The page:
It's the best of strip-till and variable-rate nitrogen all in one. Orthman Manufacturing's 1tRIPr preplant tillage tool combines strip-till soil management, precision nutrient placement and seedbed preparation in a single field pass.
The new strip-till rig offers farmers a chance for savings and profit by combining tillage with targeted fertilizer placement thanks to the Agri-Inject micro-tube system.
"Strip-till is not a new tillage method, but growers are realizing now more than ever it's a concept that makes a lot of economic sense," says Arnold Page with Agri-Inject. "The intense, high-input agriculture of today forces growers to critically think about how they can maximize the amount of production they can get out of their land."
At first glance, the new Orthman strip-till implement looks familiar. A solid precision tillage shank shatters root zone compaction. On the soil surface, adjustable wavy coulters lift and pinch, minimizing the incorporation of residue into the till zone and decreasing soil variability while firming the seedbed.
A closer look shows a GPS-guided implement steering system and a unique method for placing liquid fertilizer at two precise depths—which maximize seed development from germination through maturity. The micro-tube system pumps a stream of liquid through a network of polypropylene tubes.
From the tractor cab, the driver controls the sensor/control unit and flow pump to regulate liquid flow. Controlled flow allows precise adjustment for consistent results depending on the soil profile and other factors.
Components of the in-furrow application system include a variable-rate (VRT) controller in the cab, a GPS speed sensor attached outside the cab, a wire that connects the sensor to the flow meter, a pump, flow dividers and flexible polypropylene micro tubing.
Mike Petersen, an agronomist with Orthman, says the company's research shows positive results for the new implement. "With one tillage pass prior to planting, we're preparing and fertilizing a seedbed for the plant to take off fast and finish strong," Petersen says.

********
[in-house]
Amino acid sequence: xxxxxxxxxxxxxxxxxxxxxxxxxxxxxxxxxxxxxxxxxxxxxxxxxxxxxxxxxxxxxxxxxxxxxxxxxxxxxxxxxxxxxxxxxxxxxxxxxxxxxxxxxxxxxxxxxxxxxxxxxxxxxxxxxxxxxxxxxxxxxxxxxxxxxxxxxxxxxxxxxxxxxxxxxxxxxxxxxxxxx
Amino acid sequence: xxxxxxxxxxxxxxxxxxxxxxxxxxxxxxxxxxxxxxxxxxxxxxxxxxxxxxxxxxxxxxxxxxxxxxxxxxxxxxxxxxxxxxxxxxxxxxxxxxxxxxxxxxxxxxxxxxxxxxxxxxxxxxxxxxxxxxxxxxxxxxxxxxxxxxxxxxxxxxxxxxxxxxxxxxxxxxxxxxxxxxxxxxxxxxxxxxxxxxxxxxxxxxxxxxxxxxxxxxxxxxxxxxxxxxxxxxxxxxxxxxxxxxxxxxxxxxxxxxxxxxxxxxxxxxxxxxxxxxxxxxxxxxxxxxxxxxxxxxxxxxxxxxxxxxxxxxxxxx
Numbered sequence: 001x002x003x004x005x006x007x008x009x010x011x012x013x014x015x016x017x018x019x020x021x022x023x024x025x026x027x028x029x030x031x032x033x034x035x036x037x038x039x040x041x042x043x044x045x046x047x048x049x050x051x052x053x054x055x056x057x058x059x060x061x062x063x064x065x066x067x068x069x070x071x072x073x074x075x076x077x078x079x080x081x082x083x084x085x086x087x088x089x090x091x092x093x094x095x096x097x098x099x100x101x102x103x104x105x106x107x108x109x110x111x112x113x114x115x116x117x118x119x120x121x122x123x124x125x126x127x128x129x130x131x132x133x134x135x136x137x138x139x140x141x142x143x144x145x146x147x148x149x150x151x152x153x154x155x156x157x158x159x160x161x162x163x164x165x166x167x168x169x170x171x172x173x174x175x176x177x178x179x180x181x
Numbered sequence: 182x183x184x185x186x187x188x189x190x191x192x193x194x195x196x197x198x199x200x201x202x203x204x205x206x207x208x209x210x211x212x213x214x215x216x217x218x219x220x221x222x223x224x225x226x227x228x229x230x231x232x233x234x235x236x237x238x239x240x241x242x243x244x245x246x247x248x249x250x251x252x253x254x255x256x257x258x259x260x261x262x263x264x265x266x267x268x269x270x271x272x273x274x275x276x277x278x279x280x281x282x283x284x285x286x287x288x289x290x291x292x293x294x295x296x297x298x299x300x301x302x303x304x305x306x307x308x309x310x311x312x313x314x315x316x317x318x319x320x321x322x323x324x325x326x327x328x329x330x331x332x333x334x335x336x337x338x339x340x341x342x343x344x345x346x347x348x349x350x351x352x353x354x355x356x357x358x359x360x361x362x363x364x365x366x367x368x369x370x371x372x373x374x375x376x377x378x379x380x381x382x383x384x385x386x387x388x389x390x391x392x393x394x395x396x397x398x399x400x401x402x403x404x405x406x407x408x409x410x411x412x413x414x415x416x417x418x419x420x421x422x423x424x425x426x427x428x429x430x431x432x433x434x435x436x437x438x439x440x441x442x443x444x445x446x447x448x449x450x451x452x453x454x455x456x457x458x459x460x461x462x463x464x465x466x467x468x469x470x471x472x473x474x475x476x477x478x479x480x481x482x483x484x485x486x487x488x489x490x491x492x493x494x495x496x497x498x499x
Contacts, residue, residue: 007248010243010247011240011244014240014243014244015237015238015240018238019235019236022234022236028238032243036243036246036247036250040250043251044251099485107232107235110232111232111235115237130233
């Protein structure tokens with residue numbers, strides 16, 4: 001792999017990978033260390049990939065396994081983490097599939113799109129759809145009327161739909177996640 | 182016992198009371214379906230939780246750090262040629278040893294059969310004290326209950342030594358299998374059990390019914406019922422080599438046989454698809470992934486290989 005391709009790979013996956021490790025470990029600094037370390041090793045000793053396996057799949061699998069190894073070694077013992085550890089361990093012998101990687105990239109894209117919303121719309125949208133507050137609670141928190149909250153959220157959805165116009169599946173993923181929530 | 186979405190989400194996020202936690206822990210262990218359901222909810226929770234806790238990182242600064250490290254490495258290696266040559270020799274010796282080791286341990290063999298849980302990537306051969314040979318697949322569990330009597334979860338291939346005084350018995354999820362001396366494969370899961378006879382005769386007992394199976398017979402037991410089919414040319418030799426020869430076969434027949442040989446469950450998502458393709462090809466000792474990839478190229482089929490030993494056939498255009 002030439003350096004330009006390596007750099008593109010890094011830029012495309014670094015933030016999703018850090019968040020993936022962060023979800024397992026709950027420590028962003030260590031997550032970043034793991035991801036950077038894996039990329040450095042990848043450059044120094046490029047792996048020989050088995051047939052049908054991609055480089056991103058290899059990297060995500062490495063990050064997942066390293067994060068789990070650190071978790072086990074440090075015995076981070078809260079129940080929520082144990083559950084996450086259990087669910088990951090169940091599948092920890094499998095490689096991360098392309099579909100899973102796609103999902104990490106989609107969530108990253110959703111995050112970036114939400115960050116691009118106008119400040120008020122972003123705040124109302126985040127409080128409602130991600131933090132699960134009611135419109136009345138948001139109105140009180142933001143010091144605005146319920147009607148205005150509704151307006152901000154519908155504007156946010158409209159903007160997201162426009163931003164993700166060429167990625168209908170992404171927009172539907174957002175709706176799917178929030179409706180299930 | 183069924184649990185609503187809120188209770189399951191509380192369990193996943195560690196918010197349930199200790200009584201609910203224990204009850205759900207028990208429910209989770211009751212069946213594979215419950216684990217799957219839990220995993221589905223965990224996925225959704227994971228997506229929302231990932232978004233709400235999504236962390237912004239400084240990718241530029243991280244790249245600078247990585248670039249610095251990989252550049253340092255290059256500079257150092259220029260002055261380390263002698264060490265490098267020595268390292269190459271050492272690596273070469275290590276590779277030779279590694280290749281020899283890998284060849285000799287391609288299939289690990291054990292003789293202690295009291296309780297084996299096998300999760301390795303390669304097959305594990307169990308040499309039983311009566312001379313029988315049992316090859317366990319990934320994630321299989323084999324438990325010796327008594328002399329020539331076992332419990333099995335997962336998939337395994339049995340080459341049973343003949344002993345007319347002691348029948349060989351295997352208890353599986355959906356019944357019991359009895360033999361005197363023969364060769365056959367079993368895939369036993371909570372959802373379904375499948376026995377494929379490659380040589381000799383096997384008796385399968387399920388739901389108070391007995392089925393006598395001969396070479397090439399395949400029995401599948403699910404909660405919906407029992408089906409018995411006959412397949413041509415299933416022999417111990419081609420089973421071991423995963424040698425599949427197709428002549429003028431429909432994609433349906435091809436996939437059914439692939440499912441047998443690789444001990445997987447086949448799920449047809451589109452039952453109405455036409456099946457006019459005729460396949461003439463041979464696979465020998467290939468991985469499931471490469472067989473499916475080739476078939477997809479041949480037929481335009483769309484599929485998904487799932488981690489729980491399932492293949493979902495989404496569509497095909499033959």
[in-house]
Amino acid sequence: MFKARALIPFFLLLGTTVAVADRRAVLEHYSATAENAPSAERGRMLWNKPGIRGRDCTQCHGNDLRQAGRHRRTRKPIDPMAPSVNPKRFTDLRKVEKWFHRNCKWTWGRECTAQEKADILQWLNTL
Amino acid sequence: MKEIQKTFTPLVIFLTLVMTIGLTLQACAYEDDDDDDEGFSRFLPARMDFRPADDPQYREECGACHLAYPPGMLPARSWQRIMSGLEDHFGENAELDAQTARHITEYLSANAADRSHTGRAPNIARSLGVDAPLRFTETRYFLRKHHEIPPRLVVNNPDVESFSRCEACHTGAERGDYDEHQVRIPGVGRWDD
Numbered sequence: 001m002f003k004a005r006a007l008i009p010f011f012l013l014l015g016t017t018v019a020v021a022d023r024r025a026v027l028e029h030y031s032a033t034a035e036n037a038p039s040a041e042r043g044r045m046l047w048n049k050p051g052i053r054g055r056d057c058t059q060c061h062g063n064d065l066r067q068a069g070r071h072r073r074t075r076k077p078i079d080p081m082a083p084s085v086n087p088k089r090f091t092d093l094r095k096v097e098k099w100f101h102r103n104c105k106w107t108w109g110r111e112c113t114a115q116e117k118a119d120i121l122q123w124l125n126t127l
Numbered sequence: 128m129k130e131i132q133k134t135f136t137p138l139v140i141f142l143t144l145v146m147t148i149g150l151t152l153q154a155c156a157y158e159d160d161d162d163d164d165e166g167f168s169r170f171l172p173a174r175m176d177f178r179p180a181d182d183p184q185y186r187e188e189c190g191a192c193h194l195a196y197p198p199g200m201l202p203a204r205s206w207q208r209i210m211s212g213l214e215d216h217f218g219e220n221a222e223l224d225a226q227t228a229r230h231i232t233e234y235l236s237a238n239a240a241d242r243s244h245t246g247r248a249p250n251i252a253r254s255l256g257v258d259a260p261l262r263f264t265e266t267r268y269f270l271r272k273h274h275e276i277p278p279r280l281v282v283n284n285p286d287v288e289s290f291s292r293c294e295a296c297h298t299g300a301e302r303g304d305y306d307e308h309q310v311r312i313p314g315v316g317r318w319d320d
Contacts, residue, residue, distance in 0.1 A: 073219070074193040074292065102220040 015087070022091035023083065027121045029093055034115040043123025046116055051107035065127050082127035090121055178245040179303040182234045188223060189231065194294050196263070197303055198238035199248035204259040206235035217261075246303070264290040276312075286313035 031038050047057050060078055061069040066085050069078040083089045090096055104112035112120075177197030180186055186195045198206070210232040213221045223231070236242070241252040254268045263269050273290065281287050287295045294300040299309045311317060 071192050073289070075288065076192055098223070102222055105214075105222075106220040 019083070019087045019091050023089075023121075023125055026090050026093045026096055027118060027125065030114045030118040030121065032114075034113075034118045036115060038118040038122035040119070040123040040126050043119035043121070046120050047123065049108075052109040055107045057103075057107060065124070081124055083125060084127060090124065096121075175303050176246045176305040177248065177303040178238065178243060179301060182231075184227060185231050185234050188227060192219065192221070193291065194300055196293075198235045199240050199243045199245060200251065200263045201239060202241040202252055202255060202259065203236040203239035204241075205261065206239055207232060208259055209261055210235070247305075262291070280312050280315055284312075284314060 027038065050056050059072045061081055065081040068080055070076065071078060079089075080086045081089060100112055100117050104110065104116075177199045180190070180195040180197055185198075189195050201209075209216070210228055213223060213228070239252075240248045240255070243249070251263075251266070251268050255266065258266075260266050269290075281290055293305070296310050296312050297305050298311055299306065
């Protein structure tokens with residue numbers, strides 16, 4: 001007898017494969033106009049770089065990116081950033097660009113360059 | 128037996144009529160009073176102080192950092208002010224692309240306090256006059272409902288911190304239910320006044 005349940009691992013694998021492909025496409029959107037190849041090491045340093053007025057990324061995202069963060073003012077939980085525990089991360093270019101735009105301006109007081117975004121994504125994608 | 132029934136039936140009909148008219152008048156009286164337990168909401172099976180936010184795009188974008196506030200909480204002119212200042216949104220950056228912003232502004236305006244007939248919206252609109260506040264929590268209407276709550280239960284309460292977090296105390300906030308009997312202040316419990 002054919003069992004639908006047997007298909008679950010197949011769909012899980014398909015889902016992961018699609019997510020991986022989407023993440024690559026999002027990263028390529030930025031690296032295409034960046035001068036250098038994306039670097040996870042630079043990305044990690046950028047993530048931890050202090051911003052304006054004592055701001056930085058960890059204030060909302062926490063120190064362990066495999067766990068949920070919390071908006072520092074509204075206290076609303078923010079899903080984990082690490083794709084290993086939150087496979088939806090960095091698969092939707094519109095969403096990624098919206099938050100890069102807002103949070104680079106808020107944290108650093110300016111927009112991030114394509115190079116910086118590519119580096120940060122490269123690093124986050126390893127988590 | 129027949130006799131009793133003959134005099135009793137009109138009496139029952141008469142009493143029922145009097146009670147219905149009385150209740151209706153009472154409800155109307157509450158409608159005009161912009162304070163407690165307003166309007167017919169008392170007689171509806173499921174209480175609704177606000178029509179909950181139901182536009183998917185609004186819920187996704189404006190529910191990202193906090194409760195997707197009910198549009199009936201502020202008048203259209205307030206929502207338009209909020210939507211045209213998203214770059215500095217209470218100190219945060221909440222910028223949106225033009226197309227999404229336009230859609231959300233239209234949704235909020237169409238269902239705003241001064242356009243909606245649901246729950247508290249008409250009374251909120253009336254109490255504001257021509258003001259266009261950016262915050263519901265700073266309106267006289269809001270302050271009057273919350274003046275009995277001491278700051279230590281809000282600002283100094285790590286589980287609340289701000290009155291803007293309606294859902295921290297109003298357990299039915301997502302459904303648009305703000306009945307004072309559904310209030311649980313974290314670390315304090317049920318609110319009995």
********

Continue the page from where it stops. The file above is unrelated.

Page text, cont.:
Field trials conducted at Orthman's Research Farm in Lexington, Neb., compared conventional-till plots with broadcast dry fertilizer (55 lb. nitrogen, 52 lb. phosphorus, 12 lb. potassium) to strip-till plots with equivalent banded liquid products applied at a 4" and a 9.5" depth. The average yield of the strip-till plots was 179 bu. per acre, and the conventional-till plots yielded an average of 154 bu. per acre. The yield boost is in addition to input savings.
The 1tRIPr takes one pass to prepare the seedbed and fertilize versus conventional till's multiple passes to chisel, disk, smooth and fertilize. Considering savings in fuel and fertilizer, researchers estimate strip-till costs $18 per acre, while conventional till can cost up to $45 per acre even before planting.
Much of the yield advantage from this system comes from precise placement of fertilizer directly below the seed. Plant roots don't have to search for nutrients, resulting in better root zone development. Since the fertilizer is close to the roots, farmers are able to cut the amount of product used.
The retail price for an Orthman 1tRIPr is $3,175 per row unit ($25,400 for an 8-row machine). The cost for a complete two-level Agri-Inject system starts at $4,300. For more on Orthman equipment, visit www.agri-inject.com or call (970) 848-5336.
You can e-mail Wayne Wenzel at firstname.lastname@example.org.